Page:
The Afghan Orphan Project

The Orphanage

Our goal is to fund, build, and sustain the largest orphanage in Afghanistan, the "Khalakhan Orphanage".

In Afghanistan, an overwhelming number of children are abandoned, orphaned, abused and living on the streets. The care of orphans and street children is among the primary concerns of the TAO Project.

We are raising funds to build an orphanage in the Khalakhan district, near Kabul, Afghanistan.

Once built, this will be the largest orphanage in Afghanistan. It will provide a safe home and beginning education to 1,000 orphaned children (500 girls and 500 boys).

This project is already receiving tremendous support.

The Afghanistan Ministry of Social Work and Affairs has set aside 50 acres of land dedicated for the orphanage.

Our non-profit director, Ahmed Shah, met with the village of Khalakhan and shared the vision.

The villagers agreed to donate their labor each Friday, the Islamic holy day, to the building of the Khalakhan Orphanage.

Development of the rough grade property in Khalakhan is currently underway. We are organizing a team in Afghanistan which can manage and oversee the development of the Khalakhan Orphanage property.

Once built, we will help to establish a permanent Afghanistan organization responsible for the administration of the orphanage.

Ahmed Shah will serve as Director of the Khalakan Orphanage and work closely with TAO Project to manage foreign assistance and fundraising.

We have commissioned the production of a feature-length documentary that will chronicle this ongoing humantarian drive.

This documentary will be used as a fundraising vehicle for the orphanage, to foster further humanitarian aid, and to raise national and global awareness of our cause.

We need your help!

The Khalakhan Orphanage cannot be built without significant donations, both of time and money. To fund this project, we have created this non-profit organization.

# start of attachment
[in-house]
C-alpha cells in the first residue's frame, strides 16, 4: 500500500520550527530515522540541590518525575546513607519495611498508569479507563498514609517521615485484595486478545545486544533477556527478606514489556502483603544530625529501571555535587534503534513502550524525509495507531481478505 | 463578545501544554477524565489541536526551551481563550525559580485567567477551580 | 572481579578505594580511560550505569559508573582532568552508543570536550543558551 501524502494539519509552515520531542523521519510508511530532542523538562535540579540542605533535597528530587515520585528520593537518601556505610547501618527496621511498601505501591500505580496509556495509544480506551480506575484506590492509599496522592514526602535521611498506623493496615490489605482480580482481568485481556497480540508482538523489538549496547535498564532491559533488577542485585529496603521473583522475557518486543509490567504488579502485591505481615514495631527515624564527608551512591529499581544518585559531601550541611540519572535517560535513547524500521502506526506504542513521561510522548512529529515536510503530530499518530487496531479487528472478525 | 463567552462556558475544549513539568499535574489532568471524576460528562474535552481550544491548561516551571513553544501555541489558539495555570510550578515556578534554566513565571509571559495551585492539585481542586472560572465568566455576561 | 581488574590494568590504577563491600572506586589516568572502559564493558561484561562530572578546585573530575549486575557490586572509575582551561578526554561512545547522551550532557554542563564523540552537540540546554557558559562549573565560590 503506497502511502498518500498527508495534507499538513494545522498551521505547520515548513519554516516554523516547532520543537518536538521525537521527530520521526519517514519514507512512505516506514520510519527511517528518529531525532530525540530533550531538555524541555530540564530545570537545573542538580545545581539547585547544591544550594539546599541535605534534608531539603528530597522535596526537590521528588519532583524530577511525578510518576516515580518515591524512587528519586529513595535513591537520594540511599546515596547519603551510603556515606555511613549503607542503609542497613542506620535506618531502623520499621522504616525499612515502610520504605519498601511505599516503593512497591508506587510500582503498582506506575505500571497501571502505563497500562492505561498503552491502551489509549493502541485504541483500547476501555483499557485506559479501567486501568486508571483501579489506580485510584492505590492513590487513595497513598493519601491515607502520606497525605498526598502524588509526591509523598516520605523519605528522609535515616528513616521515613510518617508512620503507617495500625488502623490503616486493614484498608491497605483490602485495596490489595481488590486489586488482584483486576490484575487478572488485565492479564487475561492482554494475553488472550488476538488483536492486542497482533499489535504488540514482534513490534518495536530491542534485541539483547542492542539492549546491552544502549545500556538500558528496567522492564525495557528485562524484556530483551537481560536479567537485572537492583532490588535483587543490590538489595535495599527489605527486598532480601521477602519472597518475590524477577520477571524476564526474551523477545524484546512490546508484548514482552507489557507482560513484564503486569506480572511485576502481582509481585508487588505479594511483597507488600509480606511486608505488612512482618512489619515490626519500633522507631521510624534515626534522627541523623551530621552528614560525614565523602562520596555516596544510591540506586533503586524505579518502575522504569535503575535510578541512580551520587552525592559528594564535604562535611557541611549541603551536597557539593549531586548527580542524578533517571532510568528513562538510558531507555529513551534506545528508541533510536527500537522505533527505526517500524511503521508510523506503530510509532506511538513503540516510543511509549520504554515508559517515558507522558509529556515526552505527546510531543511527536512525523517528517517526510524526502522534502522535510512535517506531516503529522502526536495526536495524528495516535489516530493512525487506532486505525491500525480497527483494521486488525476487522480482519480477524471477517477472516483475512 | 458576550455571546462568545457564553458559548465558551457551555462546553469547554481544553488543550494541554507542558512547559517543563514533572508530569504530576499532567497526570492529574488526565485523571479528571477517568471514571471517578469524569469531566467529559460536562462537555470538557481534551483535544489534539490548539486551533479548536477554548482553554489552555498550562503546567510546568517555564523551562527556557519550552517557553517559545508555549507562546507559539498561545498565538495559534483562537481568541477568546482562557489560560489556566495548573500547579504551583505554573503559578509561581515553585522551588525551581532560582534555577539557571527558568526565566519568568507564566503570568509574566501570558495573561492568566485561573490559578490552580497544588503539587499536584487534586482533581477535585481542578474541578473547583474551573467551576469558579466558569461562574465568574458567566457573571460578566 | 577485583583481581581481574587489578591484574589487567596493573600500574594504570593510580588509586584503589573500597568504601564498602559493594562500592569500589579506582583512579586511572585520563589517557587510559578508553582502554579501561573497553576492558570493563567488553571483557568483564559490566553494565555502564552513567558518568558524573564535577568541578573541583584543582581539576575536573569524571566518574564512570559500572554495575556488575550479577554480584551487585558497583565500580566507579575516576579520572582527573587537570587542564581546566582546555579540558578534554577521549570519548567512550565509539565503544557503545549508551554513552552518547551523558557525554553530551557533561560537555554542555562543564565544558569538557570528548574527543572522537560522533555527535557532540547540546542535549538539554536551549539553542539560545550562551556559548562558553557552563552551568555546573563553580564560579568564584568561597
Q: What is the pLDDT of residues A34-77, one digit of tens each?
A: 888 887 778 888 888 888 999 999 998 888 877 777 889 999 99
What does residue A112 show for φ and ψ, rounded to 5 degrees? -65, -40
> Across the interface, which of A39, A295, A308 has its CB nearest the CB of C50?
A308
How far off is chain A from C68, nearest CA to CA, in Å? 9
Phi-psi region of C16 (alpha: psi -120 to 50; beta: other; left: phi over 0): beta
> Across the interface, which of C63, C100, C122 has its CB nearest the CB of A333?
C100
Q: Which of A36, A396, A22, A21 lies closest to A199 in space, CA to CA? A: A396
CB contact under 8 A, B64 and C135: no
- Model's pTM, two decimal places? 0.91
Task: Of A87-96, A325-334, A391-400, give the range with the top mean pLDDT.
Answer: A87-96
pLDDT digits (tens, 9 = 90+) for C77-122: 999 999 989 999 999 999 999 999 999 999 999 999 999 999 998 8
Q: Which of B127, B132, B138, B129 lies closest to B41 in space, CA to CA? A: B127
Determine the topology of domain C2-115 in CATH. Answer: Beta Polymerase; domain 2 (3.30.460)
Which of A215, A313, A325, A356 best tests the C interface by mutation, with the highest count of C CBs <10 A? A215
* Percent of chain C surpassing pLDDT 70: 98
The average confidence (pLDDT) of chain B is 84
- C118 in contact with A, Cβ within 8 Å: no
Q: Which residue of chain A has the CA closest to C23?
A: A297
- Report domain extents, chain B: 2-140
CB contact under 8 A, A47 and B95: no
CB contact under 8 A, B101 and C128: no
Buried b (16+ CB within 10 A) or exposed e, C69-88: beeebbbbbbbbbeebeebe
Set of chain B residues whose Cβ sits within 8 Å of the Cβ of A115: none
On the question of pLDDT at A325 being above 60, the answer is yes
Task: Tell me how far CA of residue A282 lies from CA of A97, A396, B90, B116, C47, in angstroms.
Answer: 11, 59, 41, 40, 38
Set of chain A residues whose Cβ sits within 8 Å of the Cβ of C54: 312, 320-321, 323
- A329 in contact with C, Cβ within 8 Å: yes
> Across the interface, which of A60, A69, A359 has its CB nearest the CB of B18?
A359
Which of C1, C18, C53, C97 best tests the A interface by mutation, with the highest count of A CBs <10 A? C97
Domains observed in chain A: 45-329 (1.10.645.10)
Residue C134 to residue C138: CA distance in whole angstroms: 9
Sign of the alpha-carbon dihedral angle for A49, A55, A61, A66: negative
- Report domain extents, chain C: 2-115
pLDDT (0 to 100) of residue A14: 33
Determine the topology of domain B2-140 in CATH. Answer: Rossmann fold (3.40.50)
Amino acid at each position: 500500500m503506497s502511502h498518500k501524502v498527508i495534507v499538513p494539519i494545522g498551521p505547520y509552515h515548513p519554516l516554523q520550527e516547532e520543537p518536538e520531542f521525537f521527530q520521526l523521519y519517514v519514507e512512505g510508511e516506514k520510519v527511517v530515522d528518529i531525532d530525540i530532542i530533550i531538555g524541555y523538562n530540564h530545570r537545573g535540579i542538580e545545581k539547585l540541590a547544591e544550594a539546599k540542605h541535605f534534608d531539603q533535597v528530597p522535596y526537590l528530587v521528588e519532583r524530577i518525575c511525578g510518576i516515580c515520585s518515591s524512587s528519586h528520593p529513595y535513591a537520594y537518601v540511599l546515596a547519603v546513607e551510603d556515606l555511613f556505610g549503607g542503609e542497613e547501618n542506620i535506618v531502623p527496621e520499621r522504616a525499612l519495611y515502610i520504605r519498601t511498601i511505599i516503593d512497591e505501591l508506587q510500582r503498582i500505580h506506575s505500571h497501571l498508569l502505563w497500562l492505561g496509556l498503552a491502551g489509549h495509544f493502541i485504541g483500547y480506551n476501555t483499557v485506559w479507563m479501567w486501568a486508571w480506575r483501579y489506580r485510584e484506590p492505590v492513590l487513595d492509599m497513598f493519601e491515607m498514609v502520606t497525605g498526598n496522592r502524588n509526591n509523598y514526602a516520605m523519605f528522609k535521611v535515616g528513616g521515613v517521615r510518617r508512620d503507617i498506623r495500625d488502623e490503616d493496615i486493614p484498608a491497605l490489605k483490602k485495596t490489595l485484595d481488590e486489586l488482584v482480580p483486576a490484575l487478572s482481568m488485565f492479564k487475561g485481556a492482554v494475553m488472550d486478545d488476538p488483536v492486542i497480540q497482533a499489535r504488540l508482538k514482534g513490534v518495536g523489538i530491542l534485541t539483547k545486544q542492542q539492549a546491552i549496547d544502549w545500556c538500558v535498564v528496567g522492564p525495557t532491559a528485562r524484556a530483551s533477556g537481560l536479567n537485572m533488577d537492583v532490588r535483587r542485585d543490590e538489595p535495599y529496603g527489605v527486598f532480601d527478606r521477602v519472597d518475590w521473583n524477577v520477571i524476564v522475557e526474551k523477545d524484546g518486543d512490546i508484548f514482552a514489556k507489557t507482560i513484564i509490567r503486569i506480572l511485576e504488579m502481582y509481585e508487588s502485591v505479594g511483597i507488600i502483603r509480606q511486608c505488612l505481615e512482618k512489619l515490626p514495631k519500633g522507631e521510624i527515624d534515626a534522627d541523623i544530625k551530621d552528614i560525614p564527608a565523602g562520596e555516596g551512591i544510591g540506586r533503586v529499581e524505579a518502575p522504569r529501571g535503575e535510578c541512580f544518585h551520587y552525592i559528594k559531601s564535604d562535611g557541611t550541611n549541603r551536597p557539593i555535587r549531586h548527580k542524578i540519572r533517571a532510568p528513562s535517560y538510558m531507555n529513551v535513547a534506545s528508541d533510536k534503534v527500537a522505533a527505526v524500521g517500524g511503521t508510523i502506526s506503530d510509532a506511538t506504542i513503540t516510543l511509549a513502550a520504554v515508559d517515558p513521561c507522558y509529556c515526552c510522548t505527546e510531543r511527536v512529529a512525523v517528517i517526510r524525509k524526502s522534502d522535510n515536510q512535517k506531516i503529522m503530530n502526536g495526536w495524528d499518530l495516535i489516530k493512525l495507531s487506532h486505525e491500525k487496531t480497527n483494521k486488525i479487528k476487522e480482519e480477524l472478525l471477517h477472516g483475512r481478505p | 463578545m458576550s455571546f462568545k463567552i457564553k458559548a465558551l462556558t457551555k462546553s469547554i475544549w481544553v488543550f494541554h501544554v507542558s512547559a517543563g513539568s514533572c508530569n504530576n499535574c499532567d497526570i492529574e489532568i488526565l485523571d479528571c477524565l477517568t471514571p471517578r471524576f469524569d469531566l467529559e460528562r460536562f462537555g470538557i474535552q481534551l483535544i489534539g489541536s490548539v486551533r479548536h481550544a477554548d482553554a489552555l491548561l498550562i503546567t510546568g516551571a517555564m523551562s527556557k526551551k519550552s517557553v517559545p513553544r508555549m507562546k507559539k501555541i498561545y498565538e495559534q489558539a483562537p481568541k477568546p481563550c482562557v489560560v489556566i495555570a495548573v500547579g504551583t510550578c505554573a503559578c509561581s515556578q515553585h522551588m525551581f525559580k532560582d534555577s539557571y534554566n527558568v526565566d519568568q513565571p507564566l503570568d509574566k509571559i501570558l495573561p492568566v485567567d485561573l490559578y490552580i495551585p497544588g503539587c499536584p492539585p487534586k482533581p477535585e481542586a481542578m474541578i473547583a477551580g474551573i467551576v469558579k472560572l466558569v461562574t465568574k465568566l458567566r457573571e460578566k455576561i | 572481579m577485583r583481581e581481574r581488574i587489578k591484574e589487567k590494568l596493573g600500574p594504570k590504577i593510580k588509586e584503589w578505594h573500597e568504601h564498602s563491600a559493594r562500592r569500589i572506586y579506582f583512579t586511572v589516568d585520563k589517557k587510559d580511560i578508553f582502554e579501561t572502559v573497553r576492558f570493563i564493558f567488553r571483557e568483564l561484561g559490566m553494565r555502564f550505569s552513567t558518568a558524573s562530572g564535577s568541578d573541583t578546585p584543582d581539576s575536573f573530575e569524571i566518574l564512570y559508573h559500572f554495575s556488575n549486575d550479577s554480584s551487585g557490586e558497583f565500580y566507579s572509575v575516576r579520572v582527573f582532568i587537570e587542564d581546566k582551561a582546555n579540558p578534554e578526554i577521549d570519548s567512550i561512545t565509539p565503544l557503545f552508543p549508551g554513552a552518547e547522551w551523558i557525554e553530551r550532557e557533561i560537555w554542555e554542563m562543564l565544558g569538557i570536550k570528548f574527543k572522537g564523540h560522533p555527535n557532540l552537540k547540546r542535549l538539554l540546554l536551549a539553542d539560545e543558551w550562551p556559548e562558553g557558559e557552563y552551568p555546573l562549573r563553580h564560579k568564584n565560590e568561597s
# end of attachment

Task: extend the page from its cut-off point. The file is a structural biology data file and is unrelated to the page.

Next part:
With your support we will be able to raise the funds necessary to begin construction of this life-saving orphanage.

To find out more about how you can become a part of the TAO Project by volunteering or making a donation, please visit our donation page.


As a result of nearly three decades of war in Afghanistan, there are more than two million children who are orphans and over 600,000 children sleep on streets.

Over 400,000 children are maimed from land mines and over 1,000,000 children suffer from post-traumatic stress syndrome.

One in ten Afghan children are severely malnourished, more than half suffer from stunted growth, and one in every four children dies before age five - the fourth highest level in the world (UNICEF).

50% of the Afghan population is less than 18 years of age with almost no education.

- Afghanistan Dept. of Orphanages

Afghanistan has the fourth highest level of malnutrition in the world.

Diarrhoea and acute respiratory infections (conditions exasperated by malnutrition) account for around 41 per cent of all child deaths, and one in three Afghan children suffer from iodine deficiency.

A shortage of safe drinking water adds to the already weak health status of many children.

60% of homes don't have safe drinking water, and in total, only 13% of the population of Afghanistan has access to safe drinking water.


Overall, Afghanistan's infant mortality rate is alarmingly high at 163 per 1,000 live births (UNICEF).

Measles is a major cause of child death. In late 2001, Afghanistan had the second highest measles mortality rate in the world.

Tetanus (which often results from unsanitary conditions at delivery) is a leading killer of mothers and their newborn babies.

Women and children have suffered the horrors of kidnapping, child trafficking, organ harvesting, sexual abuses and child labor in addition to appalling humiliation and degradation.

- Afghanistan Dept. of Orphanages

There are ways in which U.S. citizens can help the children of Afghanistan.

Many American non-governmental organizations (NGOs) working in Afghanistan say that what is needed most at this time are financial contributions.

Individuals who wish to assist can do the most good by making a financial contribution to an established NGO that will be well placed to respond to Afghanistan's most urgent needs, including those related to the country's children.

- U.S. Department of State

Find out how you can help HERE!